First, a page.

What it's about:
Businesses of all sizes should ensure that resilience lies at the core of their decision-making processes, says the U.N. Office for Disaster Risk Reduction (UNISDR) which is working with all types of companies to help them better prepare for threats posed by natural and human-induced disasters.
In taking this approach, UNISDR is aiming to protect the wider community that relies on the private sector for employment and trade.
UNISDR and its partners have already taken significant steps in this direction such as creating ARISE in 2015, a project that aims to leverage business resilience know-how and encourage investment decisions that take disaster risk into account.
ARISE currently has 140 member organisations and not only helps multinationals but also small- and medium-sized enterprises to reduce their risk. Such firms account for over 80 percent of employment, meaning that their ability to withstand shocks is important to help communities get back on their feet.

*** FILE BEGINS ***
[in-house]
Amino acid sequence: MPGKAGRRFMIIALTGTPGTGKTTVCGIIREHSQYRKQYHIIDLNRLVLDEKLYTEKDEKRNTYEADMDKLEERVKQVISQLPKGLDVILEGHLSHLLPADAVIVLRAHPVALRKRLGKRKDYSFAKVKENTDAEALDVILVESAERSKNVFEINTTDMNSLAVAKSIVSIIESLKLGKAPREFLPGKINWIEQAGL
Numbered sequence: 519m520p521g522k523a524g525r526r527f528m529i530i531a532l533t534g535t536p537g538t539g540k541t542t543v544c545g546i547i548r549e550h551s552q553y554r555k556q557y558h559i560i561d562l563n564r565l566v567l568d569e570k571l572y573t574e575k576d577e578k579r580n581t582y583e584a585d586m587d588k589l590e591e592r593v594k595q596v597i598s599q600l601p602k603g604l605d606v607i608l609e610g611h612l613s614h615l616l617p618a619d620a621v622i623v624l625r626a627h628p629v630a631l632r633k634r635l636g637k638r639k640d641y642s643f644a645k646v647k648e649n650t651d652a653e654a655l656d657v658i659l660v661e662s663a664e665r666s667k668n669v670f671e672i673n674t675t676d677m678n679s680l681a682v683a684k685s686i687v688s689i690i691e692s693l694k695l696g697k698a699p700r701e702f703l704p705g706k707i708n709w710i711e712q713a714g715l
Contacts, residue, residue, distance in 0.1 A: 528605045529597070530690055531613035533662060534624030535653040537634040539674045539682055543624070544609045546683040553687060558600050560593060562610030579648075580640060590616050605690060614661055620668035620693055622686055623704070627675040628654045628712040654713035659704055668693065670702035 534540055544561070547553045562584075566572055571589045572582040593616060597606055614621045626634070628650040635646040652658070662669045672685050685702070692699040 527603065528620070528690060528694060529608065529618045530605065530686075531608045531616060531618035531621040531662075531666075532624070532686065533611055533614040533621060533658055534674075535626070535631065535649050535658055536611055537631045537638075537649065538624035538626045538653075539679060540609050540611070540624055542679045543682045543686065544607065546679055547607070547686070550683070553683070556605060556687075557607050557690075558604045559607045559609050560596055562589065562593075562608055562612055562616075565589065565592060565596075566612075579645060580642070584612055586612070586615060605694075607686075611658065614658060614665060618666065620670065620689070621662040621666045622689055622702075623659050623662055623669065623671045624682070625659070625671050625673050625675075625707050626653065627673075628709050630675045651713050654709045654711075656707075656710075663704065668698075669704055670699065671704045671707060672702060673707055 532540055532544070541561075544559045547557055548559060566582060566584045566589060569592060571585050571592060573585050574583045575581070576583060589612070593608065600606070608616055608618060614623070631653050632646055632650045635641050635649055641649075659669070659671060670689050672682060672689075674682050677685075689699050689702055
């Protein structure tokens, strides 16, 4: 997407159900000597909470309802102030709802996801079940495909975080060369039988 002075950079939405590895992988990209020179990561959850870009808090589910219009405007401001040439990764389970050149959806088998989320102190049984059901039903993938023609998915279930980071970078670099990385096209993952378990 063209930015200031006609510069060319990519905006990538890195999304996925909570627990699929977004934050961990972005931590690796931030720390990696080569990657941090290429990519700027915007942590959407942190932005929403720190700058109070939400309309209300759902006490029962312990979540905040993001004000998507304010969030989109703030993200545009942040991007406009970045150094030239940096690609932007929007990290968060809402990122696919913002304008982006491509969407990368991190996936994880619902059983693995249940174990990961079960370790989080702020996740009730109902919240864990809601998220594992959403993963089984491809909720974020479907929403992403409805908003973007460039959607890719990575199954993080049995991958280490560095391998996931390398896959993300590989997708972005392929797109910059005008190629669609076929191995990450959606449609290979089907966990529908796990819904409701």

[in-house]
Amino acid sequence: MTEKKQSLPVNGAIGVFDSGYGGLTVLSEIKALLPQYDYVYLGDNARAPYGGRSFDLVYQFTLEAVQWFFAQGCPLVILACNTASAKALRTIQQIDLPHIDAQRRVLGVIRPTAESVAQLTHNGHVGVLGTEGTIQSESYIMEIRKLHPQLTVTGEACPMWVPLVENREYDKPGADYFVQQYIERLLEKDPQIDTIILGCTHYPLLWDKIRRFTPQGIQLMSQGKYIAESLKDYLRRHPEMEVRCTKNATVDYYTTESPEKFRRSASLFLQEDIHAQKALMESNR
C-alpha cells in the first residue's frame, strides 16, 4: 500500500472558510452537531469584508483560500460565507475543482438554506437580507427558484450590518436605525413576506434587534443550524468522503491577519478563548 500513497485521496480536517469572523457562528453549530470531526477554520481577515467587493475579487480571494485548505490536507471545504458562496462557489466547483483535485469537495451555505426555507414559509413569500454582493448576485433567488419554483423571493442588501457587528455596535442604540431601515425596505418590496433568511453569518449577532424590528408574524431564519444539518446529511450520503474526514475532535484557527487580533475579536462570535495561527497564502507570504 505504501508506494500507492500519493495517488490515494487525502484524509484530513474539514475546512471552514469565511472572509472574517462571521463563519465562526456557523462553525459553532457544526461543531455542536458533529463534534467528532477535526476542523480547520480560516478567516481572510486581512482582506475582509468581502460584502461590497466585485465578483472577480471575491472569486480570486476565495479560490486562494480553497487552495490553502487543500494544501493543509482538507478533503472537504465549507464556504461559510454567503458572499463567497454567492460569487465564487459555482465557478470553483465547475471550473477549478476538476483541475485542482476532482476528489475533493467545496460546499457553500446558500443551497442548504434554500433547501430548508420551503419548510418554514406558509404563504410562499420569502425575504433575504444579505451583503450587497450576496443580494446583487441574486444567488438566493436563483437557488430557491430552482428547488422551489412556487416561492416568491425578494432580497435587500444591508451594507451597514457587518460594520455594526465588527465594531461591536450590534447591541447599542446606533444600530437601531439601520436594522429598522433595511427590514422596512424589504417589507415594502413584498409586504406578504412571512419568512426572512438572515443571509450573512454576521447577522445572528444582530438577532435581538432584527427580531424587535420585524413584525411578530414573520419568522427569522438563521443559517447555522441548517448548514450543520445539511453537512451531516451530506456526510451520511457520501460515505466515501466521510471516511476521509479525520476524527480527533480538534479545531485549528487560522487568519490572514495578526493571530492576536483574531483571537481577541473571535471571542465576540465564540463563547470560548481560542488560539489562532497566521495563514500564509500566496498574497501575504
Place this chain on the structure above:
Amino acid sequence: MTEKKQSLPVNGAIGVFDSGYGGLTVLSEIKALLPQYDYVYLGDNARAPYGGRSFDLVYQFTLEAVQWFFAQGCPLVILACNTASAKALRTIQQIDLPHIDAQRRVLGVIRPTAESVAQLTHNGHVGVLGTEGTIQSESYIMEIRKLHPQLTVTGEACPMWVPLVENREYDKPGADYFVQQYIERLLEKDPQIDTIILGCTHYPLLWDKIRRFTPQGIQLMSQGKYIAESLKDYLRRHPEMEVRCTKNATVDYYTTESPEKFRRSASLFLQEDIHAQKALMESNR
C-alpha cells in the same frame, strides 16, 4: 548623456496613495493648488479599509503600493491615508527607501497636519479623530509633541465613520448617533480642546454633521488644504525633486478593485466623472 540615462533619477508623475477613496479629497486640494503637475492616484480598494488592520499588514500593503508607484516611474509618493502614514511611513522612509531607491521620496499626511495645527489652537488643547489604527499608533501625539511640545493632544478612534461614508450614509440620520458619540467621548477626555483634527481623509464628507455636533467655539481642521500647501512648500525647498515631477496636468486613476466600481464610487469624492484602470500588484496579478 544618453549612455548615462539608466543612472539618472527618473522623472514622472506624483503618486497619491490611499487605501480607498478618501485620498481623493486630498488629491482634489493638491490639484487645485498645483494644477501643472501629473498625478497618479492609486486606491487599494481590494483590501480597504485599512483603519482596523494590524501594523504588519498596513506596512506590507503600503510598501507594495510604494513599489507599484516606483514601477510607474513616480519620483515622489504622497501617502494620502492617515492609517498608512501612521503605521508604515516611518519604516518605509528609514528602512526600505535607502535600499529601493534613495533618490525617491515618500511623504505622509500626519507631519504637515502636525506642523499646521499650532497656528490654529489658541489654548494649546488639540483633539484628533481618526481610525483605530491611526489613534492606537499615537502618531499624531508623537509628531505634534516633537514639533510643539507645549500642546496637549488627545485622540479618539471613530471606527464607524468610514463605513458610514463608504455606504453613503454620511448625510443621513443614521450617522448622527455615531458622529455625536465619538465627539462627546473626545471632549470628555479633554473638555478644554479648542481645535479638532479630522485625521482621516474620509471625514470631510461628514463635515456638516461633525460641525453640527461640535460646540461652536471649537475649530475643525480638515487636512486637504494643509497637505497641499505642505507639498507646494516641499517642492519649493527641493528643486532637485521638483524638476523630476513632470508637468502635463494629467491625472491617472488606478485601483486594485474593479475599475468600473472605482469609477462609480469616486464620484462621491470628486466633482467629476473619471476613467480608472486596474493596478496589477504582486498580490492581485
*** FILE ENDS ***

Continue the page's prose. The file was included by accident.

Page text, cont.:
Why it's noteworthy:
The 2015 Sendai Framework puts the onus on governments to bring about change, but is relatively unusual in the world of international agreements in that it allows other players to also have specific roles. The private sector is one of those singled out in the accord.
According to UNISDR, a focus on the private sector is crucial given that global disaster losses have risen to an estimated $520 billion a year owing to factors such as climate change and rapid urbanisation.
Zilient recently hosted a webinar on the role of the private sector on building resilience analysing Airbnb as a case study. If you missed it you can catch up and watch the video here.
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